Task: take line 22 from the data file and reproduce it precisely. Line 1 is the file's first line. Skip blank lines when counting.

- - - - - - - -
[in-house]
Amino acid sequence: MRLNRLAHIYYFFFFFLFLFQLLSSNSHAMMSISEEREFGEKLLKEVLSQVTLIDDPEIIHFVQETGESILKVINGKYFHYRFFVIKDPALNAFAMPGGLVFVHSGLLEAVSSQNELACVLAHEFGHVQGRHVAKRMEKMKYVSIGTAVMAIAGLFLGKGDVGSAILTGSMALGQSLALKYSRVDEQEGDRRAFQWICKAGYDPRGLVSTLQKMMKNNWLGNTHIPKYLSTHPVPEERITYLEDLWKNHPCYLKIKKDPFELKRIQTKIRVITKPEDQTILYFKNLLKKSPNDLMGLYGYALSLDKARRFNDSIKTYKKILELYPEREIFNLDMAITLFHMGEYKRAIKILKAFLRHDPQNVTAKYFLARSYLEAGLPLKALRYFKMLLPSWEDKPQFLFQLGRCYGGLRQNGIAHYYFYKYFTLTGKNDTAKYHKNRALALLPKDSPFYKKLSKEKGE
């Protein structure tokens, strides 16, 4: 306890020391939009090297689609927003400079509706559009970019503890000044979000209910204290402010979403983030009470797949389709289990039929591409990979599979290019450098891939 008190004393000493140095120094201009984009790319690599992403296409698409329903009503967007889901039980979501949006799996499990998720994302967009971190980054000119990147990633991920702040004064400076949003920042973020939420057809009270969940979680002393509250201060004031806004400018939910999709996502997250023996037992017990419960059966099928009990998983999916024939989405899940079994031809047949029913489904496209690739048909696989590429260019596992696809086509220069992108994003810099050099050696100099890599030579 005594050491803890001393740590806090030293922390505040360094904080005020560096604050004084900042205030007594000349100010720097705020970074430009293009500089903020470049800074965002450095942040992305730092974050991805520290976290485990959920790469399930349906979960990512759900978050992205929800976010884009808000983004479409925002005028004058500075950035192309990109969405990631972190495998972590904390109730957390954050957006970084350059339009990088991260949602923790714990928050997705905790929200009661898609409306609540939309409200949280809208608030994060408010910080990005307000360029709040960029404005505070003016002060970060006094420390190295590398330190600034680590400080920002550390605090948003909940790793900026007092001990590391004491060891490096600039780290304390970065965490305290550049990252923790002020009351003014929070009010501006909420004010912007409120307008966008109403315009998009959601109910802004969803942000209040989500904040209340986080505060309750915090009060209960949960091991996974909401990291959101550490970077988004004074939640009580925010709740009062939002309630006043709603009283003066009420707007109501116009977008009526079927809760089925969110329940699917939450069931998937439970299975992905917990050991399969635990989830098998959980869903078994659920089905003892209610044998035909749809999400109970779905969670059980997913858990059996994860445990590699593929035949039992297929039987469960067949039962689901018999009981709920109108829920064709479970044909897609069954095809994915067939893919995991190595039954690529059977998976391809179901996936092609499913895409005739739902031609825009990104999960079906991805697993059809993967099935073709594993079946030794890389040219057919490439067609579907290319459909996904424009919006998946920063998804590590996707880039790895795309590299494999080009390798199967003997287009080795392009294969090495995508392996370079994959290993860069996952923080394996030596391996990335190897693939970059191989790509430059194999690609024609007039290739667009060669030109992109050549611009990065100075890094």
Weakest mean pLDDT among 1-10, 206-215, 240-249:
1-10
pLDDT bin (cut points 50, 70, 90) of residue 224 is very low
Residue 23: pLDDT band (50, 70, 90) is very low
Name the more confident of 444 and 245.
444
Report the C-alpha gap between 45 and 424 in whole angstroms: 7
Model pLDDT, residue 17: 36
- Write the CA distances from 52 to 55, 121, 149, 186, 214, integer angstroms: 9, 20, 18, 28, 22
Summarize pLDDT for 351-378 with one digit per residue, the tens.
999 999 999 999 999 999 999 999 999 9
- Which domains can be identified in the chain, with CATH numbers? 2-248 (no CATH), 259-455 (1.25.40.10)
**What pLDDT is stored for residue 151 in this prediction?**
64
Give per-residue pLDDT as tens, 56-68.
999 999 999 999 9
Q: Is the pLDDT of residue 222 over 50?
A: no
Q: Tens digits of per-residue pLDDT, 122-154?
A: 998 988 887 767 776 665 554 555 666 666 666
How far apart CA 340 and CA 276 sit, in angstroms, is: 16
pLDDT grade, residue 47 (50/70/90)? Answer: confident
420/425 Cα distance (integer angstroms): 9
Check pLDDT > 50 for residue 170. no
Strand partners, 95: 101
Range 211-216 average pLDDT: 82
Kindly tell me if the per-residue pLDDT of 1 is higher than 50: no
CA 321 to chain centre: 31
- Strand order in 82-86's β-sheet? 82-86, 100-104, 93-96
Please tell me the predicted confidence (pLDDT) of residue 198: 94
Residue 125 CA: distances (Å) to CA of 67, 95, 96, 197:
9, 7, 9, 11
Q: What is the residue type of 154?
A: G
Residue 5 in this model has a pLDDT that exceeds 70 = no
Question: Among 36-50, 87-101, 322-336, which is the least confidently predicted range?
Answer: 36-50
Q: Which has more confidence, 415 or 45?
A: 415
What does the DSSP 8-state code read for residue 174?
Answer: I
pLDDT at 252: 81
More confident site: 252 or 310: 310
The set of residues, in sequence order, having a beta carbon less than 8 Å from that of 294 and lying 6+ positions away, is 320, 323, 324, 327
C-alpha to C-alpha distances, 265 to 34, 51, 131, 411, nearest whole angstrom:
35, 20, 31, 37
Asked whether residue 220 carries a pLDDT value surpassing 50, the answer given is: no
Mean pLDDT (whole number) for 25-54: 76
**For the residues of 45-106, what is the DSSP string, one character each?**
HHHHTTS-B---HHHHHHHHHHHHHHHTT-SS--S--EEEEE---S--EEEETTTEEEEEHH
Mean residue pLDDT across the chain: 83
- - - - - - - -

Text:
Q: Tens digits of per-residue pLDDT, 122-154?